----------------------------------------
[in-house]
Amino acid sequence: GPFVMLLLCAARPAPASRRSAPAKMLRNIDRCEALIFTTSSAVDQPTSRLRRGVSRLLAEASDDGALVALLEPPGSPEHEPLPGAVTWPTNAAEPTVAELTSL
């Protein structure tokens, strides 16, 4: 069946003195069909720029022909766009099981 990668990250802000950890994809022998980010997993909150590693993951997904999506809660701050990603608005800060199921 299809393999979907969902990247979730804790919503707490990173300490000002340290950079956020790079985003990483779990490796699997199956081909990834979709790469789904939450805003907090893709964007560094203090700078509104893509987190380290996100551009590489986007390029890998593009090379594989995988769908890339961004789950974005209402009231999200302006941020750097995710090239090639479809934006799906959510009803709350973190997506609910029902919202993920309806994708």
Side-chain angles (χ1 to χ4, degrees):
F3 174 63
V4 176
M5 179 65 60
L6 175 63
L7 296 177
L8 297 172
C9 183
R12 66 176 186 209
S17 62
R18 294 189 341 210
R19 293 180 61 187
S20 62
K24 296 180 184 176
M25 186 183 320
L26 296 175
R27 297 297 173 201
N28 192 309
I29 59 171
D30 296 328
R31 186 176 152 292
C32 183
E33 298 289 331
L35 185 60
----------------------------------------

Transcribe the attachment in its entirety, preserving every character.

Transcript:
[in-house]
Amino acid sequence: GPFVMLLLCAARPAPASRRSAPAKMLRNIDRCEALIFTTSSAVDQPTSRLRRGVSRLLAEASDDGALVALLEPPGSPEHEPLPGAVTWPTNAAEPTVAELTSL
């Protein structure tokens, strides 16, 4: 069946003195069909720029022909766009099981 990668990250802000950890994809022998980010997993909150590693993951997904999506809660701050990603608005800060199921 299809393999979907969902990247979730804790919503707490990173300490000002340290950079956020790079985003990483779990490796699997199956081909990834979709790469789904939450805003907090893709964007560094203090700078509104893509987190380290996100551009590489986007390029890998593009090379594989995988769908890339961004789950974005209402009231999200302006941020750097995710090239090639479809934006799906959510009803709350973190997506609910029902919202993920309806994708």
Side-chain angles (χ1 to χ4, degrees):
F3 174 63
V4 176
M5 179 65 60
L6 175 63
L7 296 177
L8 297 172
C9 183
R12 66 176 186 209
S17 62
R18 294 189 341 210
R19 293 180 61 187
S20 62
K24 296 180 184 176
M25 186 183 320
L26 296 175
R27 297 297 173 201
N28 192 309
I29 59 171
D30 296 328
R31 186 176 152 292
C32 183
E33 298 289 331
L35 185 60